DACULA, Ga. — The idea came to her in the vulnerable early morning hours, just after the horrific shooting at Sandy Hook Elementary in Newtown, Conn., nearly two years ago.
Celisa Edwards, a teacher, was shaken. What if a gunman burst into her school in this small town outside Atlanta? She could follow lockdown procedures. Turn off the lights. Lock the door. But that didn’t seem like enough to protect her seventh graders. Edwards had an idea. She hastily sketched it out and, a couple of hours later, woke up her husband. We need to make this, she told him.
The result was a simple metal wire with looped ends that could secure classroom doors from the inside. The Portable Affordable Lockdown System, patent pending, has been installed in one Georgia school. Edwards recently pitched it to another district.
Now, Edwards — whose only previous inventions involved devising lesson plans — was discussing her device with evangelical fervor during a free period late last week at Dacula Middle School. About the same time, hundreds of miles away in Maryville, Wash., a high school was going on lockdown after a student fatally shot two people and injured four others (one of whom later died). Almost immediately, the question, “What could’ve been done to prevent this?” was in the air.
“Our classrooms are not safe. There are people bent on doing wrong, doing evil,” Edwards says. “And we are deterring those perpetrators.”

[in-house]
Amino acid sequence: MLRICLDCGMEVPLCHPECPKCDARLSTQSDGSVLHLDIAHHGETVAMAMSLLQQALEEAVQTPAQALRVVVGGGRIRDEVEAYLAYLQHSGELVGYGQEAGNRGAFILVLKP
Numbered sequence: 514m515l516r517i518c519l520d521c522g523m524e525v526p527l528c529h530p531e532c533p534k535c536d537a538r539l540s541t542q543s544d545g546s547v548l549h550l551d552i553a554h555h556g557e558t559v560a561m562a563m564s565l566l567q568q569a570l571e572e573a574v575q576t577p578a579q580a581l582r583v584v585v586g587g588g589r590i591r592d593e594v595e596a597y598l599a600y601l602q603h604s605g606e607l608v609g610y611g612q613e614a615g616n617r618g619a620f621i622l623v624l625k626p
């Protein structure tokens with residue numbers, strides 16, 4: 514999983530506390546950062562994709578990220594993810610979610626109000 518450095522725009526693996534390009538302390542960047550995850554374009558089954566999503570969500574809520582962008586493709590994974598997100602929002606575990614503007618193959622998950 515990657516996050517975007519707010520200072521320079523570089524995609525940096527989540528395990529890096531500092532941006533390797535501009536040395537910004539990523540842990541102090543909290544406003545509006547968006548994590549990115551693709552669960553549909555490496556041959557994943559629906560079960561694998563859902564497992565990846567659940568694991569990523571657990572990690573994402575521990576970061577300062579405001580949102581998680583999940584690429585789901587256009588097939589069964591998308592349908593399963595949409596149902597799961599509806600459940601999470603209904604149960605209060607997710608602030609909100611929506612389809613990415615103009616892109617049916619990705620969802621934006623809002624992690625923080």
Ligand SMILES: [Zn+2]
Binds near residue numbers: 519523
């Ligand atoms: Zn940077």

A flood of school-safety inventions have hit the market in recent years, many of them created by novices stunned by what happened at Sandy Hook, where a gunman fatally shot 20 young students and six staff members in 2012. Since then, teachers and parents have come up with a range of door barricades, bulletproof backpacks, ballistic whiteboards and online apps to monitor for homicidal plots. These products join a school security market that is expected to reach $720 million this year, according to research firm IHS. And the dozens of school shootings that have occurred since Sandy Hook only ramp up the hunt for a solution.
Although they could be dismissed as profiting from tragedy, inventors such as Edwards say they are motivated by fear and a sense that policymakers have failed to safeguard students and teachers.
Kenneth Trump, a national school safety consultant, understands the attraction of the inventions. People felt helpless after Sandy Hook, he said. And there was a major push to “do something.” But the national debate over how to prevent school shootings soon stalled out, grounded mostly by ideological divisions over gun control. And into that gaping void went these inventions, many of them focused on hardening a school’s defenses. But Trump said he doubts that door locks and bulletproof materials would make a difference.
“What’s really being sold here is an emotional security blanket,” he said.
But that hasn’t slowed the sales of ballistic whiteboards, made by a company in Pocomoke City, Md., that crafts anti-IED armor for the U.S. military. The small, handheld whiteboards can act as defensive shields to fend off a gunman. George Tunis, chief executive of Hardwire, said the Sandy Hook shooting convinced him that his company had a role in protecting schools.
“That’s when it hit us, that these are fast events, and the armor needs to be in schools,” Tunis said.